A real estate marketing floor plan is a very clear, visual representation of a property which includes the measurements and existing layout of the various areas in the property and includes fixtures such as doors, windows, sinks, baths, toilets and shower enclosures. These floor plans are specifically intended to be used for representation purposes and are not architectural plans.
Including property floorplans as part of your marketing strategy is a must for property practitioners to stand out from the competition and create an immediate and lasting visual impact.
From the prospective client’s perspective, a property floorplan offers a better idea if property is likely to be suitable before viewing, especially if clients are not locally based. This greatly reduces time spent on viewings.
A few benefits of utilising floorplans:
Features such as extensions, storage space, windows and open plan rooms as well as measurements minimises the chances of wasted viewings.
Floorplans demonstrate the flow, size and potential of every home, including ones that currently look smaller due to clutter and untidiness.
Providing floorplans helps prospective clients remember the property clearly after the viewing, especially if they have viewed multiple properties or have not spent a long time viewing the property.
Future clients can use the floorplan to plan how their furniture and belongings will work in the space.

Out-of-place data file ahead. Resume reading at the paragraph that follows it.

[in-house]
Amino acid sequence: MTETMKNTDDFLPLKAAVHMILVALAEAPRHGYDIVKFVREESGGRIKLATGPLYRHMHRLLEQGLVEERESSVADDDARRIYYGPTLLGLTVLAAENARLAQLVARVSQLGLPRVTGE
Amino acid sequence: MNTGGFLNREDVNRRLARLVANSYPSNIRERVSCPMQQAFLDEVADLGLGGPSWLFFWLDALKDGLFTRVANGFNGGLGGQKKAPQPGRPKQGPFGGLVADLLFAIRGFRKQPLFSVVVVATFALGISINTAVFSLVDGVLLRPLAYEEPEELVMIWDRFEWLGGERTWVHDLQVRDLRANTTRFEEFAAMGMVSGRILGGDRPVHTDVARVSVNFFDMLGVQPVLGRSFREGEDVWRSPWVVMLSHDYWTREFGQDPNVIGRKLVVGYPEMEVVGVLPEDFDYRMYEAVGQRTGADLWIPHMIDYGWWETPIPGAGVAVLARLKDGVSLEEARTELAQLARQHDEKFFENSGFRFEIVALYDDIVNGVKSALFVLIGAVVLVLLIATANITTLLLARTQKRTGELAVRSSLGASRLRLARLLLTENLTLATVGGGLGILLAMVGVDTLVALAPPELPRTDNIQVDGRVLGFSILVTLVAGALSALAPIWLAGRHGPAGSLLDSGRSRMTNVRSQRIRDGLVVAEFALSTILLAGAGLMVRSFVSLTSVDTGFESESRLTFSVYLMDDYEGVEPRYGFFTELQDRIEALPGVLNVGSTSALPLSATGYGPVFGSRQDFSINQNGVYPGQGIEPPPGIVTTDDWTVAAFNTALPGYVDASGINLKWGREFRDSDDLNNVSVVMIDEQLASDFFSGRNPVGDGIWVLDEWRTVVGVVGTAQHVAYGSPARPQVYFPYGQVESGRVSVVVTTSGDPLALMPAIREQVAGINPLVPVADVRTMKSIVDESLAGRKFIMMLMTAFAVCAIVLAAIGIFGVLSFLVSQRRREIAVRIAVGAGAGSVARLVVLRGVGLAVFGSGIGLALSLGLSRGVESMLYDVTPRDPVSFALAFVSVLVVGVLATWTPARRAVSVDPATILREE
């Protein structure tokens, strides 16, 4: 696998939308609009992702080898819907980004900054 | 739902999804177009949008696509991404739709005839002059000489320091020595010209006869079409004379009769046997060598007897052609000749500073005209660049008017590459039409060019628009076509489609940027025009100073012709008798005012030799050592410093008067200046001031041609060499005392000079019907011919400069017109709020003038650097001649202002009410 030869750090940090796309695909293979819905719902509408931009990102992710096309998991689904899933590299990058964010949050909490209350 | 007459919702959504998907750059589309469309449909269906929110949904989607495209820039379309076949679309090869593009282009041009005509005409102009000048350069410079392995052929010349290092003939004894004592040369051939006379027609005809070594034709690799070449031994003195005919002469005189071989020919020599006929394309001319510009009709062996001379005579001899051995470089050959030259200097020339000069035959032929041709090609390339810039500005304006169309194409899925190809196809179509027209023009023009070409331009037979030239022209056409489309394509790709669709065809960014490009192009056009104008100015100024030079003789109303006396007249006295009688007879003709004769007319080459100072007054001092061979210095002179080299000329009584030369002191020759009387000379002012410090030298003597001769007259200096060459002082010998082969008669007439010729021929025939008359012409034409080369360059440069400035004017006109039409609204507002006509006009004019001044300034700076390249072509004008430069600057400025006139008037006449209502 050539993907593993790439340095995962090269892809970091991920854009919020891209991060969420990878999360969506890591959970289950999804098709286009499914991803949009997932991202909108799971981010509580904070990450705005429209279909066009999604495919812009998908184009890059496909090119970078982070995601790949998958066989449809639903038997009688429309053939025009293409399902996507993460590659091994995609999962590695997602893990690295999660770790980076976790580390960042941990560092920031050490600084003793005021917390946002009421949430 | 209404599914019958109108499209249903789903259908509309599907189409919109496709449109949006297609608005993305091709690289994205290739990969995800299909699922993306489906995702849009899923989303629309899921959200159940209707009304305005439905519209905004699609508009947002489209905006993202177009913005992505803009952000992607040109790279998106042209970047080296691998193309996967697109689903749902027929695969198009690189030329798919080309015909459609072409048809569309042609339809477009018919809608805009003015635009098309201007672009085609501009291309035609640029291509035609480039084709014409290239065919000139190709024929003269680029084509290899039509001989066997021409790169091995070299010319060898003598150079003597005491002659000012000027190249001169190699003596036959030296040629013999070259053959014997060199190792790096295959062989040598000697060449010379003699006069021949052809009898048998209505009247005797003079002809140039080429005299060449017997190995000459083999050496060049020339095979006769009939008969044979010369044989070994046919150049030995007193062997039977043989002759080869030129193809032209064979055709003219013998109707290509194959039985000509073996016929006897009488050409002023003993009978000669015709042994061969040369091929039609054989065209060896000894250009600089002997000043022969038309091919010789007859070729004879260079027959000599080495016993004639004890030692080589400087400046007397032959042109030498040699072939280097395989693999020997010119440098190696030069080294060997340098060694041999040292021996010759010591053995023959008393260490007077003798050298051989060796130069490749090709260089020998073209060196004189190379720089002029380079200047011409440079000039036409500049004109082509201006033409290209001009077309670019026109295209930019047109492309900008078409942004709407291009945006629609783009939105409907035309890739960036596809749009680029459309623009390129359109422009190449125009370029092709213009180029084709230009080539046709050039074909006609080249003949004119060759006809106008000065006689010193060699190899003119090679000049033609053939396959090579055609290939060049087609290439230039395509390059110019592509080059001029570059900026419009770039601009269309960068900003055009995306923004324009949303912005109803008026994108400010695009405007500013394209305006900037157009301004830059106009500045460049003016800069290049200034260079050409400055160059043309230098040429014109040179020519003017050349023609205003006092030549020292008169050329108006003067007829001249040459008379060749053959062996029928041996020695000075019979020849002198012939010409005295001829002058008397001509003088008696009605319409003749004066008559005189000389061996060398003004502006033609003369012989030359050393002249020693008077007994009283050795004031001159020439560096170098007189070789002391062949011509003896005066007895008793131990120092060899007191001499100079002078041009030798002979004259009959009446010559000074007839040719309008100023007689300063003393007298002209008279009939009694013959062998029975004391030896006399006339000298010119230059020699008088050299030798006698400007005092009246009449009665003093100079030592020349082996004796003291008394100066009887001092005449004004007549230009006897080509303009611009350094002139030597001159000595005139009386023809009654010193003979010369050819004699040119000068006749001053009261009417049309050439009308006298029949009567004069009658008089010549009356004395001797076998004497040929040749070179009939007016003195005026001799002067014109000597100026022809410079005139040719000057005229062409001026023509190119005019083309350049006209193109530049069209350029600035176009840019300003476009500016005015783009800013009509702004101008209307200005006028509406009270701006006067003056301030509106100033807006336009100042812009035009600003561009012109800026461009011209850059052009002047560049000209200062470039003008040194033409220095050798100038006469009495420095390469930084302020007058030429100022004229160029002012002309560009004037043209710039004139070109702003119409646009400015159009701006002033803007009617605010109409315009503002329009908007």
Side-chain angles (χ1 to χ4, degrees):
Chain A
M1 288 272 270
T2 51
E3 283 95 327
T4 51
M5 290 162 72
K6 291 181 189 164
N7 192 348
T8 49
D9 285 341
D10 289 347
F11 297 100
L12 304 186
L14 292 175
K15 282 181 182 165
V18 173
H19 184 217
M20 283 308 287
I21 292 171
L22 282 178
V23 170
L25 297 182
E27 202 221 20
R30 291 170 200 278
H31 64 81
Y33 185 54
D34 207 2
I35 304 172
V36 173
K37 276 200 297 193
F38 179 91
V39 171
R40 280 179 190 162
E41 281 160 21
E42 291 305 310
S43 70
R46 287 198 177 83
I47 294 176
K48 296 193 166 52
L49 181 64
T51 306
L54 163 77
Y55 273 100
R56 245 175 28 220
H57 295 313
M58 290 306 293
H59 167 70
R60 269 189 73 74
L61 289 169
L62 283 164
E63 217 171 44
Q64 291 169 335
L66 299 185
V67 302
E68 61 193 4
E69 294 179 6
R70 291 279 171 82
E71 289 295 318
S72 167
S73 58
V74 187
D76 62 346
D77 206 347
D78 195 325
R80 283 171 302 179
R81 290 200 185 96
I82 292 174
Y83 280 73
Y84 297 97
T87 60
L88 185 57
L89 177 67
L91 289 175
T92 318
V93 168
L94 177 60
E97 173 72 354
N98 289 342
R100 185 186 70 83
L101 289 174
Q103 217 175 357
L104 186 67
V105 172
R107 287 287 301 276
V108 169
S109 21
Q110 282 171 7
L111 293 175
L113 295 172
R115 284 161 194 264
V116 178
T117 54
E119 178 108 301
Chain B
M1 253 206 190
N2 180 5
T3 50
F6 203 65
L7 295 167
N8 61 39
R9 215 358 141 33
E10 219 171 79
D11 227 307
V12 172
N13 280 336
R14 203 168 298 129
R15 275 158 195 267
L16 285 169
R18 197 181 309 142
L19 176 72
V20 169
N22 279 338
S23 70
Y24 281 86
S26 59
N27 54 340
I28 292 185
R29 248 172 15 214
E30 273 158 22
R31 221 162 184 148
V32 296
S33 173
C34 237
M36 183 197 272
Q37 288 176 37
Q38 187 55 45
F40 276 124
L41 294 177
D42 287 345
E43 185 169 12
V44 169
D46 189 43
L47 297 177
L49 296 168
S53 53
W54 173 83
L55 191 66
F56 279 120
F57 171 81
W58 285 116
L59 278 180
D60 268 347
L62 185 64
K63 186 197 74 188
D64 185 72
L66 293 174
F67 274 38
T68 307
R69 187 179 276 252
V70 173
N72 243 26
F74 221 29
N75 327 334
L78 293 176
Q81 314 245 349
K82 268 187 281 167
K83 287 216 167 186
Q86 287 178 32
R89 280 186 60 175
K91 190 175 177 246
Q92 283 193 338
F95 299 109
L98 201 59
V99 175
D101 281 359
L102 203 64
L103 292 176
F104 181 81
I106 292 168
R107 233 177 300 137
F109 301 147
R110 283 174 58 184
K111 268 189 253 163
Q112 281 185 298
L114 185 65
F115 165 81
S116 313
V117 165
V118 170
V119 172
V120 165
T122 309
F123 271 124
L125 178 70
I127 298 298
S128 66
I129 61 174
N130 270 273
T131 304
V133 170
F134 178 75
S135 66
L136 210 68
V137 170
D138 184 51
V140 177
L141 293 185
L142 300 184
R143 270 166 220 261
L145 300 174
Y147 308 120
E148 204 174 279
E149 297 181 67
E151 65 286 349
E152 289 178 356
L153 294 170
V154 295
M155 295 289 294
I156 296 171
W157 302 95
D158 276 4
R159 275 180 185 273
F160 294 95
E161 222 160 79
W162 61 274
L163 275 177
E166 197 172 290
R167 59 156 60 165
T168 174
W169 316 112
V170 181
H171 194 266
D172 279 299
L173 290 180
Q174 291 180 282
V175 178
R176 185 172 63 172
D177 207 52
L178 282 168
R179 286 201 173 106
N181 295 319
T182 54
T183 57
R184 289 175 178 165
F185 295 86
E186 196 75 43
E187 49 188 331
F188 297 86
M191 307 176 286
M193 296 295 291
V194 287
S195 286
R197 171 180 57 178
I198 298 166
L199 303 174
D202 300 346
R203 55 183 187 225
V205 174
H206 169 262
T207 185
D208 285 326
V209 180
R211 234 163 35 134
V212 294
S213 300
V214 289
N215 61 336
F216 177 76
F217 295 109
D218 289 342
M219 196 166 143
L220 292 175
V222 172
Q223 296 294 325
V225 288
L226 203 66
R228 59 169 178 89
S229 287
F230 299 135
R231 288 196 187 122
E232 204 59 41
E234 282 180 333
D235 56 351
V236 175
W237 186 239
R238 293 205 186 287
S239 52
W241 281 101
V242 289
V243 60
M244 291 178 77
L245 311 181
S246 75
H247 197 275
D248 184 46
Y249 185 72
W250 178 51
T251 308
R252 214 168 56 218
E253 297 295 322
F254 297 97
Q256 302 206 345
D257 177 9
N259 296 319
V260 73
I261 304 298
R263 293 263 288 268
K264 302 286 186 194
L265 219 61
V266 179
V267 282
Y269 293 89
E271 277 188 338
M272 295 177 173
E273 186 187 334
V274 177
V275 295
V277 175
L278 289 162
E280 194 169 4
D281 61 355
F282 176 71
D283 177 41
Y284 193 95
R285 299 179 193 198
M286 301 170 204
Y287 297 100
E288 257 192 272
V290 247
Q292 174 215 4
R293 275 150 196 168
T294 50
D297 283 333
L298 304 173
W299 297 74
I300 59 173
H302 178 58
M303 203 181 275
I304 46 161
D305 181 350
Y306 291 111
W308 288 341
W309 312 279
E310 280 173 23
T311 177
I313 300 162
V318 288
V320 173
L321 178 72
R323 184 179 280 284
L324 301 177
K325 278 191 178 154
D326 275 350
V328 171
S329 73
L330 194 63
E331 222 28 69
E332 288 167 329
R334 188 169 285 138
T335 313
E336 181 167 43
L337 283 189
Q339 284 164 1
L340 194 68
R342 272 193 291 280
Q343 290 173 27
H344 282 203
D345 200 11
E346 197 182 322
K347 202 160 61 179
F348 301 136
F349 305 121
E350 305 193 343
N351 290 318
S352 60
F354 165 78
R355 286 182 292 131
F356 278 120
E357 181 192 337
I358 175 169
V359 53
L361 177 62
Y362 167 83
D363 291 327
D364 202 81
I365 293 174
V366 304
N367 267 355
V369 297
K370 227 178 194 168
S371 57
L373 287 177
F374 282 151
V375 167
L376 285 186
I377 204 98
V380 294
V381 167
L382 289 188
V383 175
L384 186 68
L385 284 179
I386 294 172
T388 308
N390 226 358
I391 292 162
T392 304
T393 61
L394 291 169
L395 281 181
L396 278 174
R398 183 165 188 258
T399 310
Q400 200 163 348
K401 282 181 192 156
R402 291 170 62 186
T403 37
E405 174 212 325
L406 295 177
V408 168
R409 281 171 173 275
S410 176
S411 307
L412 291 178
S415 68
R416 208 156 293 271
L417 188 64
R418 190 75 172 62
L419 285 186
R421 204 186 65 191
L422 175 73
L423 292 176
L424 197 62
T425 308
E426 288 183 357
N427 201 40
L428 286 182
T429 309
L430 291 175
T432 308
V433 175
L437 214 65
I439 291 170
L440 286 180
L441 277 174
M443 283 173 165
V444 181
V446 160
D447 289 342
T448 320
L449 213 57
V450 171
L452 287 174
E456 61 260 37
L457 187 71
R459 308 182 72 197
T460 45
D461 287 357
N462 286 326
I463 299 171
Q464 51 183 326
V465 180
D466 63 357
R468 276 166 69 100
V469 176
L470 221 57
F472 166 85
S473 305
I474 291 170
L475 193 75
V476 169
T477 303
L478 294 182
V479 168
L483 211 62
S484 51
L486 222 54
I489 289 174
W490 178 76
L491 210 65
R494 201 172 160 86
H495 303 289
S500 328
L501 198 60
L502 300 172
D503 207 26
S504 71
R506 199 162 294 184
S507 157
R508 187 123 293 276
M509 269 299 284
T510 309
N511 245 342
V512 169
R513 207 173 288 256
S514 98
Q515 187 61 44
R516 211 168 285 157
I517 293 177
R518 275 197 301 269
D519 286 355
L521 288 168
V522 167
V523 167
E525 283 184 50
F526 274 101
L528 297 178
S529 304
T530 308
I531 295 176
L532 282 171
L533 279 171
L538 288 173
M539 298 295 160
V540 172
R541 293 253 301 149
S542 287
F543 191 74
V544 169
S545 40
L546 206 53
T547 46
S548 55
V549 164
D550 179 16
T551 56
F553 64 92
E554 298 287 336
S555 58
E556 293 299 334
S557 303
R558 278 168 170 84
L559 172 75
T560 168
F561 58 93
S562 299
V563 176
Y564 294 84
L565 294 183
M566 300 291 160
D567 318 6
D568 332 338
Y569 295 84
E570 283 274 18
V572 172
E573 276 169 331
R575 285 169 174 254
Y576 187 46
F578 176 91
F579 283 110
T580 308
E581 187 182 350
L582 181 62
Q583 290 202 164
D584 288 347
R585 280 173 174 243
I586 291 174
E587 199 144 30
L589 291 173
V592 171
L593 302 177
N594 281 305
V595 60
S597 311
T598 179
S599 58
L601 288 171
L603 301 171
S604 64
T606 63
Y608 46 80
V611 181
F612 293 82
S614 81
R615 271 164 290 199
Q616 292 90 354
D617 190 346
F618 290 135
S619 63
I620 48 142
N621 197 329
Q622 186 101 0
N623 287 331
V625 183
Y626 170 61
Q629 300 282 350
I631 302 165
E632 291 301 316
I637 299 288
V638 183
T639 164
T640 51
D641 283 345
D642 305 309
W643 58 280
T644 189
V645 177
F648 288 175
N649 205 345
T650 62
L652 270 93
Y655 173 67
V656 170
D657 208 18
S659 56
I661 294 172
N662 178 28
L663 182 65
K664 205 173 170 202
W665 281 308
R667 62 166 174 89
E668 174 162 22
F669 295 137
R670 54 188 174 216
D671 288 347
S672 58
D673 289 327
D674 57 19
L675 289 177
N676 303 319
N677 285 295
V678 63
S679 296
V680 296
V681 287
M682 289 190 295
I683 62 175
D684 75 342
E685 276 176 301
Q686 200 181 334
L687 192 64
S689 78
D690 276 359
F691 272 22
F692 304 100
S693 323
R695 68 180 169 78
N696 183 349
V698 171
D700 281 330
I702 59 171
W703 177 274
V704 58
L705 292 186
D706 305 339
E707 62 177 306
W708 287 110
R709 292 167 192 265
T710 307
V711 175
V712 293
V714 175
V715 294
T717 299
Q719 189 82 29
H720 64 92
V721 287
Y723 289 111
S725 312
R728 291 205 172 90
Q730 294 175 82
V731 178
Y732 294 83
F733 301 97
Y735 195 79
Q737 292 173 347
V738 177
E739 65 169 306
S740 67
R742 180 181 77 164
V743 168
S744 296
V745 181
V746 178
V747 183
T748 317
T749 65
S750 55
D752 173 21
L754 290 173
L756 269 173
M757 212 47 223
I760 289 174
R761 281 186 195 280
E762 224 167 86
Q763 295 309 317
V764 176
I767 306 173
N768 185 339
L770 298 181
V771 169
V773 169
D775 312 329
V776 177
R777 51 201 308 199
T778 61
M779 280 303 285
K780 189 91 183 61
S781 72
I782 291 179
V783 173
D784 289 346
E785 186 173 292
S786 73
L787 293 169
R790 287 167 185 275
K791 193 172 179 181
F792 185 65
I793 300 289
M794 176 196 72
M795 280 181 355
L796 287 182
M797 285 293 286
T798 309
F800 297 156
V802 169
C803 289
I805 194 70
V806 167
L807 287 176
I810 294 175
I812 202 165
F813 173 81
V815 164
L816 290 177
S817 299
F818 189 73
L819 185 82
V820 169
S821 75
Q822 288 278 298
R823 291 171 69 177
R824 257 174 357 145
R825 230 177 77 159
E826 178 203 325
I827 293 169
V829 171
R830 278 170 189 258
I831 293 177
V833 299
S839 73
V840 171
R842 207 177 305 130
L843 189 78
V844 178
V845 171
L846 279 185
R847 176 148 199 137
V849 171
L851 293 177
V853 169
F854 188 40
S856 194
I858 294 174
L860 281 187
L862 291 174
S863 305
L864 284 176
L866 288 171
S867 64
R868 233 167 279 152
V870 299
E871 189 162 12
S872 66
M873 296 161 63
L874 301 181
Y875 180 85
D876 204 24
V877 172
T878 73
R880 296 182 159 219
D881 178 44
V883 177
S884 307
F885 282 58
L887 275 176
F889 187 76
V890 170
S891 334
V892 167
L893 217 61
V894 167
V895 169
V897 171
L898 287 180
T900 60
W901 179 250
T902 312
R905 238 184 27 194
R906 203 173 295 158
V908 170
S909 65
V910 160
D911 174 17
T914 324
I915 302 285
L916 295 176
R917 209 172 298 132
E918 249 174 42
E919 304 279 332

Appeal to a larger client base, especially those not locally based to view.
A property inspection is an examination (done before, during and after a lease agreement) that documents a property’s condition so that the interests of both the lessor and lessee are protected. Besides being a legal requirement, Inspections are vital to fully document the state of a rental property rented by a tenant before he or she takes occupation. The inspection documents the state of the property on occupation and again once it’s vacated, allowing parties to identify if any damage was done during the tenant’s tenure. Thus, the cost of damages can be fairly deducted from the tenant’s damage deposit.
There are various types of property inspections, namely:
Incoming / Move In Inspections
An incoming inspection is for initial handovers of properties from agency or private landlord to tenants entering into a new lease. The inspection documents the condition of the property which includes any existing defects and damages.
Midterm / Interim Inspections
Generally performed every 6 months during the course of a tenancy, this periodic inspection is a brief sweep of a property to assess that the state of the property is being maintained, certain terms of the lease are being adhered to and to identify potential maintenance needed.
Pre outgoing inspections
Occur just prior to the tenant’s lease culmination to ensure that any damages during the tenancy are logged. These inspections also ensure that the tenant is aware of what they need to attend to before vacating the property and adhere to any certain requirements in the lease agreement to minimise disputes.
Outgoing / Move Out Inspections
When the tenant is vacating the property.